The National Mall in Washington, D.C., is “a great public space, as essential a part of the American landscape as the Grand Canyon,” according to architecture critic Paul Goldberger, but few realize how recent, fragile, and contested this achievement is. In Monument Wars, Kirk Savage tells the Mall's engrossing story—its historic plan, the structures that populate its corridors, and the sea change it reveals regarding national representation. Central to this narrative is a dramatic shift from the nineteenth-century concept of a decentralized landscape, or “ground”-heroic statues spread out in traffic circles and picturesque parks-to the twentieth-century ideal of “space,” in which authority is concentrated in an intensified center, and the monument is transformed from an object of reverence to a space of experience. Savage's lively and intelligent analysis traces the refocusing of the monuments themselves, from that of a single man, often on horseback, to commemorations of common soldiers or citizens; and from monuments that celebrate victory and heroism to memorials honoring victims. An indispensable guide to the National Mall, Monument Wars provides a fresh and fascinating perspective on over two hundred years of American history.
1. A Monument to a Deceased Project
2. Covering Ground
3. The Mechanic Monster
4. Inventing Public Space
5. The Monument Transformed
6. The Conscience of the Nation
7. An End to War, an End to Monuments?
List of Illustrations
Kirk Savage is Associate Professor and Chair of the Department of Art and Architecture at the University of Pittsburgh. He is the author of Standing Soldiers, Kneeling Slaves: Race, War, and Monument in Nineteenth-Century America.
“An exceptional book, Monument Wars is impressive in just about every way. It is an indispensable guide to the National Mall and establishes Savage as one of the foremost historians of American art now working.”—Alexander Nemerov, Yale University
“Monument Wars is the best single work I've read on the idea of the 'monument' in American culture, the best single analysis and history of Washington's shrines. In his rich and riveting analyses of the Washington Mall, Kirk Savage brilliantly re-animates its monuments with the stories of their often fraught and contentious origins. This is also a philosophical treatise on the paradox of lively American democratic ideals as they find fixed form in stone and mortar. Monument Wars is an outstanding achievement.”—James E. Young, author of The Texture of Memory and At Memory's Edge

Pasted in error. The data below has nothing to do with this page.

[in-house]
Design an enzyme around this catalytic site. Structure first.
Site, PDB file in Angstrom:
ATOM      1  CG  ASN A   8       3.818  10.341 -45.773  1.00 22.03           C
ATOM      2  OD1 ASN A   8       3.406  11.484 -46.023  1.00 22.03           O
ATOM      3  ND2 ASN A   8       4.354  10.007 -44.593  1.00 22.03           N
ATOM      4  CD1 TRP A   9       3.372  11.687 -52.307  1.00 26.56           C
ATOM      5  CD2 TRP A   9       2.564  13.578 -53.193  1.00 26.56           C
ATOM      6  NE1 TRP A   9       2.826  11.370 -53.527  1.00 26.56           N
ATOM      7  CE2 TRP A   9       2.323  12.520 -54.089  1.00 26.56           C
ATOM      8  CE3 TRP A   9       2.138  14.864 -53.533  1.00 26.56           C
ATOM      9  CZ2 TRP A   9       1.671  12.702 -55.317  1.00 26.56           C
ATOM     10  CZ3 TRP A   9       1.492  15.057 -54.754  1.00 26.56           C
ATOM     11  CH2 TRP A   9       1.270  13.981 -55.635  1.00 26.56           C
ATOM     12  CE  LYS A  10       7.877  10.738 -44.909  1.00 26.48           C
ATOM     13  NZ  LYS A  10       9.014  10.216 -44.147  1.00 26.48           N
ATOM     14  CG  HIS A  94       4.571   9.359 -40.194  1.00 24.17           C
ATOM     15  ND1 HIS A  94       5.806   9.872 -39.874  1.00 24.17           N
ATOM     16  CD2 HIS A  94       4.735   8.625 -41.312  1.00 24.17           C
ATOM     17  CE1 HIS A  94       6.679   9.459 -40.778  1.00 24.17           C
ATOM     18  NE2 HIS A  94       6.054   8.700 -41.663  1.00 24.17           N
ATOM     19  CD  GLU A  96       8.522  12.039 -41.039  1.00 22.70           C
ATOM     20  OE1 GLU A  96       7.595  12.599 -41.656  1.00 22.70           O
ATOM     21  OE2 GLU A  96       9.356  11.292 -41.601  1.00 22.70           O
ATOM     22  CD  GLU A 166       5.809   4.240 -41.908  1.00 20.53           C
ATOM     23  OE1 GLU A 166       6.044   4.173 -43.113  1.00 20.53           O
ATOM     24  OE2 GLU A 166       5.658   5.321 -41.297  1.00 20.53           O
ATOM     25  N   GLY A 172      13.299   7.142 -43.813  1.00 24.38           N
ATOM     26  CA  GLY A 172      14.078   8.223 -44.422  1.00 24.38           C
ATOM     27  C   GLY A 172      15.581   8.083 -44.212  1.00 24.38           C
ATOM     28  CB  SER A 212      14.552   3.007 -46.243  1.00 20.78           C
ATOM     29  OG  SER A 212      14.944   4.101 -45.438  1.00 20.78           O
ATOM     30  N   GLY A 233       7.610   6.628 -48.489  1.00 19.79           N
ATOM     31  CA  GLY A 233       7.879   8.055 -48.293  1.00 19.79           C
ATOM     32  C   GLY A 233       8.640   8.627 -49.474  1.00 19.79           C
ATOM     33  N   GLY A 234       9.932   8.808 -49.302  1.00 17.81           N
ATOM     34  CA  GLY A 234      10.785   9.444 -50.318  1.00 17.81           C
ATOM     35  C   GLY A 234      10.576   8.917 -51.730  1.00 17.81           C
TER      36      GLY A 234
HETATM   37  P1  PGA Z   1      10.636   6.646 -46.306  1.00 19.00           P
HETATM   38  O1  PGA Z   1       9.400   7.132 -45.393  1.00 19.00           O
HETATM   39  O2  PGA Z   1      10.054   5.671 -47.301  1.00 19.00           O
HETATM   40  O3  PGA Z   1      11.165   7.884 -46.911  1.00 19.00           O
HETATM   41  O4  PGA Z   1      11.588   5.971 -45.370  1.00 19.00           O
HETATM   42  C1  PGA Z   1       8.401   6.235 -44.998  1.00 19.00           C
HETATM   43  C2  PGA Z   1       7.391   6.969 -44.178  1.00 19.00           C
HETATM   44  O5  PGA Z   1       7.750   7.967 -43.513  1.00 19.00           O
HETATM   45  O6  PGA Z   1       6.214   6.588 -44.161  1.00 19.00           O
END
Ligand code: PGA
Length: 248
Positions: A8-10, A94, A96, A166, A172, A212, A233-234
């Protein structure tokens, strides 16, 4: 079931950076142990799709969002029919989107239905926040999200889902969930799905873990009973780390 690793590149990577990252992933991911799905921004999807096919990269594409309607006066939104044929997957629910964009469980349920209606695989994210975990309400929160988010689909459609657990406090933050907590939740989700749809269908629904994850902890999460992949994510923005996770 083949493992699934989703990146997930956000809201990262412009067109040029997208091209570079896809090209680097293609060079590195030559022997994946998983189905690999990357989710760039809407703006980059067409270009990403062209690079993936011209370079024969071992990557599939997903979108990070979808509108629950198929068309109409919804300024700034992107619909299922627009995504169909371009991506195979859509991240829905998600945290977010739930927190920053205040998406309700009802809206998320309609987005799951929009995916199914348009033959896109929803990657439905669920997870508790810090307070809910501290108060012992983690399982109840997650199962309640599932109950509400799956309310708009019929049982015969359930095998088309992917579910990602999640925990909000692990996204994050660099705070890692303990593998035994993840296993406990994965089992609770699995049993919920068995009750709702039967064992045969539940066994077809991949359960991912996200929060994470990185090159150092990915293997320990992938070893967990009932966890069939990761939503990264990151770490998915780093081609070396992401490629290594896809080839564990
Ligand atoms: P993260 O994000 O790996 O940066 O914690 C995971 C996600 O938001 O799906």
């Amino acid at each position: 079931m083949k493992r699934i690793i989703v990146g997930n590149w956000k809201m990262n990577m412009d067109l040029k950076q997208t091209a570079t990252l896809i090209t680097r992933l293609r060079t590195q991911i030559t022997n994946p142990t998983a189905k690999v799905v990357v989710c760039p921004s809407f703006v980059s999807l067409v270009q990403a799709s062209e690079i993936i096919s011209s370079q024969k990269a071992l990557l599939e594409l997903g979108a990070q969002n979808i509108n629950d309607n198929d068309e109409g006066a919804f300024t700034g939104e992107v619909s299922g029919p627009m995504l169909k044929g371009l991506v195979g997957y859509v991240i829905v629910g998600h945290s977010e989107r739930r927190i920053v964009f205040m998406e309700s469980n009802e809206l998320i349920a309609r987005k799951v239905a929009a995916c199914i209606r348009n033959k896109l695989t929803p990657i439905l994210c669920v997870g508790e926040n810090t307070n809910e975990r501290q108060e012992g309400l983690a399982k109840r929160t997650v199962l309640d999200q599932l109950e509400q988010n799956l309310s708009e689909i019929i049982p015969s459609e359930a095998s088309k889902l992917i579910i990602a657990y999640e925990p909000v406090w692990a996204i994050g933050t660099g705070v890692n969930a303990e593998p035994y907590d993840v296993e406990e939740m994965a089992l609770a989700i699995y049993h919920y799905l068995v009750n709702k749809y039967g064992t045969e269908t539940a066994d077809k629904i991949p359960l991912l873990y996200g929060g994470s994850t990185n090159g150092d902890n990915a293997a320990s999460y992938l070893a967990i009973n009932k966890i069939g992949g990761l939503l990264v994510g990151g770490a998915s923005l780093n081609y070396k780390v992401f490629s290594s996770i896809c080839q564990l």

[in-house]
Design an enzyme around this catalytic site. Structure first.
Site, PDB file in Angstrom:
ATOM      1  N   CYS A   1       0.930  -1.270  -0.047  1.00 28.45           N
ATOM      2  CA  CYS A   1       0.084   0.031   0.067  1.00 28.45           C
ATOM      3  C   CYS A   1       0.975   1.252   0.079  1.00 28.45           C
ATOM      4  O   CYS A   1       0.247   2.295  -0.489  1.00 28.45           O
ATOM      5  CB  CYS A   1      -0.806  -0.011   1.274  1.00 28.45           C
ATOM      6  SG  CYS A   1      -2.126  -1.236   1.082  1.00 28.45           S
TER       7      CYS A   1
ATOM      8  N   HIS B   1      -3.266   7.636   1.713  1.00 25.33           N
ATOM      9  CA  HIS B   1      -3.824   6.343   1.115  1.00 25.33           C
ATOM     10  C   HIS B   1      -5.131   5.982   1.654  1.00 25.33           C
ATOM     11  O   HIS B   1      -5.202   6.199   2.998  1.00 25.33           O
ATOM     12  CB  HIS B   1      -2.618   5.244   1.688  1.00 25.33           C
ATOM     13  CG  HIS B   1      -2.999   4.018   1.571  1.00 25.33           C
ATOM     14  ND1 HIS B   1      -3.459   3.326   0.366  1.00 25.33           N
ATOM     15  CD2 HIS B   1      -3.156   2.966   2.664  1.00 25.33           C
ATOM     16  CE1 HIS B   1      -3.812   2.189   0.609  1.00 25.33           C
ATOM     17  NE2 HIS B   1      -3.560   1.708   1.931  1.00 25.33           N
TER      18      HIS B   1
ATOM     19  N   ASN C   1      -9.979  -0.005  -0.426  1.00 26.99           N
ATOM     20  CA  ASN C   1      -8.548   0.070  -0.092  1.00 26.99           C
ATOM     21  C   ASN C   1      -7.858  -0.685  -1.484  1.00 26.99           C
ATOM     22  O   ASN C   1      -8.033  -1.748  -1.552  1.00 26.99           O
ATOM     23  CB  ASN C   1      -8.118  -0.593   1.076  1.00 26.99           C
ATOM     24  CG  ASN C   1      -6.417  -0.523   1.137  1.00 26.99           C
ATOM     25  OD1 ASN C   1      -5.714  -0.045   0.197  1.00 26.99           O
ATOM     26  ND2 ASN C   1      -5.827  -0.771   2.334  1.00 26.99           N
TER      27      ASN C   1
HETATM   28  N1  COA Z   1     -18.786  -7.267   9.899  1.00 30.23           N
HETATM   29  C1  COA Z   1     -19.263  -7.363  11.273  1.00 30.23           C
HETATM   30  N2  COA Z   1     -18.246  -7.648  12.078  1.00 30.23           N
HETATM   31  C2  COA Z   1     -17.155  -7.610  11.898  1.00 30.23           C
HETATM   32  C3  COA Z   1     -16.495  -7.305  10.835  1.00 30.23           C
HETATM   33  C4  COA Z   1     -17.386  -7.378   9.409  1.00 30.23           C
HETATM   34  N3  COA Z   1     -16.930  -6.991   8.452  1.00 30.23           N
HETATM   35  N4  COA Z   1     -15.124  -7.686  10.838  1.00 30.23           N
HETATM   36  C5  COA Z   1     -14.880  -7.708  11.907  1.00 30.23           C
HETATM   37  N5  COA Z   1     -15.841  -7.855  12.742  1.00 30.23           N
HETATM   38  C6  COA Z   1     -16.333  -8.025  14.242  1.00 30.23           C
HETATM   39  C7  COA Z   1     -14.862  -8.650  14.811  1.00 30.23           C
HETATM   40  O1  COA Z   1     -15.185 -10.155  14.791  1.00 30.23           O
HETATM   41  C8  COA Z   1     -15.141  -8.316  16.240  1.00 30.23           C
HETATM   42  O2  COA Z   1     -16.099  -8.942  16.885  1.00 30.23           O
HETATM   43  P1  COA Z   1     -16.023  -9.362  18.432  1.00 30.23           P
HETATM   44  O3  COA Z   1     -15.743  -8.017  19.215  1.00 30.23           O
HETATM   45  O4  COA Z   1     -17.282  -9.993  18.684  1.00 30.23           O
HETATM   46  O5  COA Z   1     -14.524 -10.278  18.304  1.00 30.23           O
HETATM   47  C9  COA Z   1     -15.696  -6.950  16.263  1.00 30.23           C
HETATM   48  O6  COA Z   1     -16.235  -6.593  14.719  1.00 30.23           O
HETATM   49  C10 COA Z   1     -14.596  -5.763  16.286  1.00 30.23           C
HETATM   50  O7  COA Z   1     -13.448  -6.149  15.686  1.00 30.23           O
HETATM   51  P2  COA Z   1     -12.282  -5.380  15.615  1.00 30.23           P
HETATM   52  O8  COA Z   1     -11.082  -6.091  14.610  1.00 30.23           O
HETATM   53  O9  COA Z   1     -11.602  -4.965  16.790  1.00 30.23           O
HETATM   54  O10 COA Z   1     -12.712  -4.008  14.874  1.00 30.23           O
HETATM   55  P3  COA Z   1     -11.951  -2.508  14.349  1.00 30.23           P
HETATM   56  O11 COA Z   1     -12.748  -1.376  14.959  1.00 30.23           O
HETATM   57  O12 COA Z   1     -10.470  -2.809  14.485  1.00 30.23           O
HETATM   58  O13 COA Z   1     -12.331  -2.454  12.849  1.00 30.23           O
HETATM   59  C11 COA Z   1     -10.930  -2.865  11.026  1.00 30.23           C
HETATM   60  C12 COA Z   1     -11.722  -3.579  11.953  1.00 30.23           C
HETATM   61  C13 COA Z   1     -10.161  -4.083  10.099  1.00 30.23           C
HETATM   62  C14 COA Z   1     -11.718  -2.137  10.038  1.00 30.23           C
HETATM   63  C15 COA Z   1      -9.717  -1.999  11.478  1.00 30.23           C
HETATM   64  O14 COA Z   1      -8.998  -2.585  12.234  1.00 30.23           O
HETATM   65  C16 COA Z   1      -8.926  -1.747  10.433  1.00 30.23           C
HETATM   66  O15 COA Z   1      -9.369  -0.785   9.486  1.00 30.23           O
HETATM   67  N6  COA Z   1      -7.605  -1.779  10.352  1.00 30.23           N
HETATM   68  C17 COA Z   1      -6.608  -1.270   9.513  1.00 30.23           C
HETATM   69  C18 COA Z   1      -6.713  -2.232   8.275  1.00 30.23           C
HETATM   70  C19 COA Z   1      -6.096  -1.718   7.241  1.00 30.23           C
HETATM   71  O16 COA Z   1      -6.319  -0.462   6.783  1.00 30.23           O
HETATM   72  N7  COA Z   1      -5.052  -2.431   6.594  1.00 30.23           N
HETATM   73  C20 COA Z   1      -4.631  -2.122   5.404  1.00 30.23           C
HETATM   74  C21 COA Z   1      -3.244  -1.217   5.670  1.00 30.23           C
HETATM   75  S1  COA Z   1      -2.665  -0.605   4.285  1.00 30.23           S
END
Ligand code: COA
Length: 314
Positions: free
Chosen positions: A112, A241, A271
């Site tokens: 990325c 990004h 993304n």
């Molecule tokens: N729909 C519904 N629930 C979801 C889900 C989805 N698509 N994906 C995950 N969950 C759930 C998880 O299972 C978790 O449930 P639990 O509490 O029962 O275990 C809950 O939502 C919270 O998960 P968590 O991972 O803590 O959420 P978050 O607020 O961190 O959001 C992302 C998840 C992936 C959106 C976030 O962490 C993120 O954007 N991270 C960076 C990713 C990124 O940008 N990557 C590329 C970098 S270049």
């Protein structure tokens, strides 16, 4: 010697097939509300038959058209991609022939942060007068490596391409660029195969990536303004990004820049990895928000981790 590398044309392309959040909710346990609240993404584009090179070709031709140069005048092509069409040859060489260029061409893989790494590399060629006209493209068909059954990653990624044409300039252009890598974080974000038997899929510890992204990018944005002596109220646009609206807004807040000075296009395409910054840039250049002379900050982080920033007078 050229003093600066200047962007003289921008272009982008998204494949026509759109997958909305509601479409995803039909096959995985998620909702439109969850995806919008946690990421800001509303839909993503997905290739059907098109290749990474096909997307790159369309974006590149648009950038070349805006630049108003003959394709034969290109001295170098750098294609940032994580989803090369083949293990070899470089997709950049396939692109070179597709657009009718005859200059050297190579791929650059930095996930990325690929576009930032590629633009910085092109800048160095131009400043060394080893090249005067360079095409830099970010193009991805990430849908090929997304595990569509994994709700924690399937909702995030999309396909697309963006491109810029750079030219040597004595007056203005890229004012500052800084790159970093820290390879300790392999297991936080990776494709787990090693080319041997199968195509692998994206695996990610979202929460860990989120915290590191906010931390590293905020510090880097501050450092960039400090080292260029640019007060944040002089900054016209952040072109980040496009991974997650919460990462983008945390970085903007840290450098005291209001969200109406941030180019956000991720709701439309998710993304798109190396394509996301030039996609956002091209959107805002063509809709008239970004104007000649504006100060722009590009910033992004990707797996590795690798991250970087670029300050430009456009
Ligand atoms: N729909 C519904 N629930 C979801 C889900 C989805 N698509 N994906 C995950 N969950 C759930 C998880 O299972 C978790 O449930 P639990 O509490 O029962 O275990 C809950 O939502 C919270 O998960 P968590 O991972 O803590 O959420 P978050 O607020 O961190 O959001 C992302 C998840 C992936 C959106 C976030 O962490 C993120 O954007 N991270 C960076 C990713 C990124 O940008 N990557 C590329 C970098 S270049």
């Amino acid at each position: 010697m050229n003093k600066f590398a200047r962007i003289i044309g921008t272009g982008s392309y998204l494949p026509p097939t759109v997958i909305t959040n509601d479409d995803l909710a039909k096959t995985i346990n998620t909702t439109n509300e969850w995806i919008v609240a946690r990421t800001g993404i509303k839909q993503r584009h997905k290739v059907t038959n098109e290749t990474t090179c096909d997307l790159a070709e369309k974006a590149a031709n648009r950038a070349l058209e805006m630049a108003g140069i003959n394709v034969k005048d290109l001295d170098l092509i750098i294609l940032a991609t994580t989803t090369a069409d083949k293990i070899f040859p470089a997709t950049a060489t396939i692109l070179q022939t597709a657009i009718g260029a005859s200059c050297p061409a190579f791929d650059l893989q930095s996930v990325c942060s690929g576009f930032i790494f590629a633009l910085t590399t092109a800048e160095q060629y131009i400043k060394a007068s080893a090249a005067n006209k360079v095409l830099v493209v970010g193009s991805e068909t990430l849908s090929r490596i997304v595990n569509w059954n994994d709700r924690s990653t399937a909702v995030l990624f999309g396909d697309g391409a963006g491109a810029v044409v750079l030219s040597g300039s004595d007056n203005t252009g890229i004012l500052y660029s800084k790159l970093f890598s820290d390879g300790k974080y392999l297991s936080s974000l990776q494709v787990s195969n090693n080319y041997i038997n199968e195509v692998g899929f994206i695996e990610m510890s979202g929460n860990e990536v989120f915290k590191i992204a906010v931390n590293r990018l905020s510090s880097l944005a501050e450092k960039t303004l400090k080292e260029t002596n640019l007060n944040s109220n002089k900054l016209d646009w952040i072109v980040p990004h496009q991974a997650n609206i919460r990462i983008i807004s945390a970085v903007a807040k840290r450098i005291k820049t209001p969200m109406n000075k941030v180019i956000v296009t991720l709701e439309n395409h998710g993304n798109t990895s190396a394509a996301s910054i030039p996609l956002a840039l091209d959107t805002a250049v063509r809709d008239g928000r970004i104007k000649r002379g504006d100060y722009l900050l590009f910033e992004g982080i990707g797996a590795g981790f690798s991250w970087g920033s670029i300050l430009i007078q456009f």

“No one does art history and the history of memory as sublimely as Kirk Savage. In this book of extraordinary research and widely accessible prose, Savage brilliantly shows how America's most sacred and visible public space has evolved. He also demonstrates how the Washington Mall has become, for Americans, the preeminent space where the very idea of a monument has constantly changed. And above all, Savage writes with deep sensitivity about the sometimes tortured, always fascinating politics of national memory. The Mall appears monumentally fixed. But after reading Savage, no one will be able to gaze upon its stunning vistas without realizing that it is a turbulent, unsteady story of how a republic memorializes itself.”—David W. Blight, author of Race and Reunion: The Civil War in American Memory
“Kirk Savage maps Washington's ubiquitous monuments within the symbolic cityscape fashioned by the city's planners and rulers, creating a luminous, insightful record of our national political enthusiasms and obsessions. At once an art history of monuments and a landscape history of political theater, Monument Wars is a worthy successor to Savage's classic Standing Soldiers, Kneeling Slaves.”—Dell Upton, University of California, Los Angeles
J.B. Jackson Prize, Foundation for Landscape Studies
J.B. Jackson Prize, 2012, Foundation for Landscape Studies
Outstanding Academic Title, Choice, a publication of the American Library Association
Charles C. Eldredge Prize, Smithsonian American Art Museum